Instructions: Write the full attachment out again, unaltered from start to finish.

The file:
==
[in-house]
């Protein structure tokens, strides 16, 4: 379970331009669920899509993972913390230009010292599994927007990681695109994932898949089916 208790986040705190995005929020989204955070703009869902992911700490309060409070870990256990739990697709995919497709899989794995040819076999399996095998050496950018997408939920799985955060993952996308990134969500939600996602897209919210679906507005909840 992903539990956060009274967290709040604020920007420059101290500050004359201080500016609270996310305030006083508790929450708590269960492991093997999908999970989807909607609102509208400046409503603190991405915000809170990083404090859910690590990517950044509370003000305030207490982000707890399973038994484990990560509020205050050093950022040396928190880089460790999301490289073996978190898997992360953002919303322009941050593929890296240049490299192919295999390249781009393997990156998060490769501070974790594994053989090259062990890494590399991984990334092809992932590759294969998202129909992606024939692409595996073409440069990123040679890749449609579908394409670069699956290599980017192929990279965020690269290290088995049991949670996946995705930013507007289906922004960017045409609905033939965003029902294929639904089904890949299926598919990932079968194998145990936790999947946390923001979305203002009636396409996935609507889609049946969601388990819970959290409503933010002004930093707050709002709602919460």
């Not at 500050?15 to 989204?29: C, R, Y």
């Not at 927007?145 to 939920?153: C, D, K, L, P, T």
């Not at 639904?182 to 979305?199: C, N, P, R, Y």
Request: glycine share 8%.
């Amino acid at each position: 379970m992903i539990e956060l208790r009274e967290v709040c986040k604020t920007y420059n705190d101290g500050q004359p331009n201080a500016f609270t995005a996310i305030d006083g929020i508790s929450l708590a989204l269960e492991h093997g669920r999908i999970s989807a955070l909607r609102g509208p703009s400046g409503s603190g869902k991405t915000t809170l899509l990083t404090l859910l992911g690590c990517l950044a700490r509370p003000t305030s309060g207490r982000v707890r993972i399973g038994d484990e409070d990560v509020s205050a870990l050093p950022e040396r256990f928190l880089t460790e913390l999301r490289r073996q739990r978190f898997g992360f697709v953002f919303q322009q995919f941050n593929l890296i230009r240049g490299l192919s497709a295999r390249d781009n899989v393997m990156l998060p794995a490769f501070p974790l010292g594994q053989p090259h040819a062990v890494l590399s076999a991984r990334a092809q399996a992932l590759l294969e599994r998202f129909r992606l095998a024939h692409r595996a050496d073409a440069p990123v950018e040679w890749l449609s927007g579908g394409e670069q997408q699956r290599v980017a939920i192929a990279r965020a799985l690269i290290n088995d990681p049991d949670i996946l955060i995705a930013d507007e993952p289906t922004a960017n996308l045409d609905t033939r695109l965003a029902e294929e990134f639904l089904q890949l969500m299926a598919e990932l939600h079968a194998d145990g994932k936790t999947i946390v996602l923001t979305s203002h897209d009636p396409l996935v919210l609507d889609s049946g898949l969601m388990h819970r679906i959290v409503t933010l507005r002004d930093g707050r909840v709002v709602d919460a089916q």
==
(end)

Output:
[in-house]
């Protein structure tokens, strides 16, 4: 379970331009669920899509993972913390230009010292599994927007990681695109994932898949089916 208790986040705190995005929020989204955070703009869902992911700490309060409070870990256990739990697709995919497709899989794995040819076999399996095998050496950018997408939920799985955060993952996308990134969500939600996602897209919210679906507005909840 992903539990956060009274967290709040604020920007420059101290500050004359201080500016609270996310305030006083508790929450708590269960492991093997999908999970989807909607609102509208400046409503603190991405915000809170990083404090859910690590990517950044509370003000305030207490982000707890399973038994484990990560509020205050050093950022040396928190880089460790999301490289073996978190898997992360953002919303322009941050593929890296240049490299192919295999390249781009393997990156998060490769501070974790594994053989090259062990890494590399991984990334092809992932590759294969998202129909992606024939692409595996073409440069990123040679890749449609579908394409670069699956290599980017192929990279965020690269290290088995049991949670996946995705930013507007289906922004960017045409609905033939965003029902294929639904089904890949299926598919990932079968194998145990936790999947946390923001979305203002009636396409996935609507889609049946969601388990819970959290409503933010002004930093707050709002709602919460």
């Not at 500050?15 to 989204?29: C, R, Y």
């Not at 927007?145 to 939920?153: C, D, K, L, P, T």
């Not at 639904?182 to 979305?199: C, N, P, R, Y």
Request: glycine share 8%.
């Amino acid at each position: 379970m992903i539990e956060l208790r009274e967290v709040c986040k604020t920007y420059n705190d101290g500050q004359p331009n201080a500016f609270t995005a996310i305030d006083g929020i508790s929450l708590a989204l269960e492991h093997g669920r999908i999970s989807a955070l909607r609102g509208p703009s400046g409503s603190g869902k991405t915000t809170l899509l990083t404090l859910l992911g690590c990517l950044a700490r509370p003000t305030s309060g207490r982000v707890r993972i399973g038994d484990e409070d990560v509020s205050a870990l050093p950022e040396r256990f928190l880089t460790e913390l999301r490289r073996q739990r978190f898997g992360f697709v953002f919303q322009q995919f941050n593929l890296i230009r240049g490299l192919s497709a295999r390249d781009n899989v393997m990156l998060p794995a490769f501070p974790l010292g594994q053989p090259h040819a062990v890494l590399s076999a991984r990334a092809q399996a992932l590759l294969e599994r998202f129909r992606l095998a024939h692409r595996a050496d073409a440069p990123v950018e040679w890749l449609s927007g579908g394409e670069q997408q699956r290599v980017a939920i192929a990279r965020a799985l690269i290290n088995d990681p049991d949670i996946l955060i995705a930013d507007e993952p289906t922004a960017n996308l045409d609905t033939r695109l965003a029902e294929e990134f639904l089904q890949l969500m299926a598919e990932l939600h079968a194998d145990g994932k936790t999947i946390v996602l923001t979305s203002h897209d009636p396409l996935v919210l609507d889609s049946g898949l969601m388990h819970r679906i959290v409503t933010l507005r002004d930093g707050r909840v709002v709602d919460a089916q």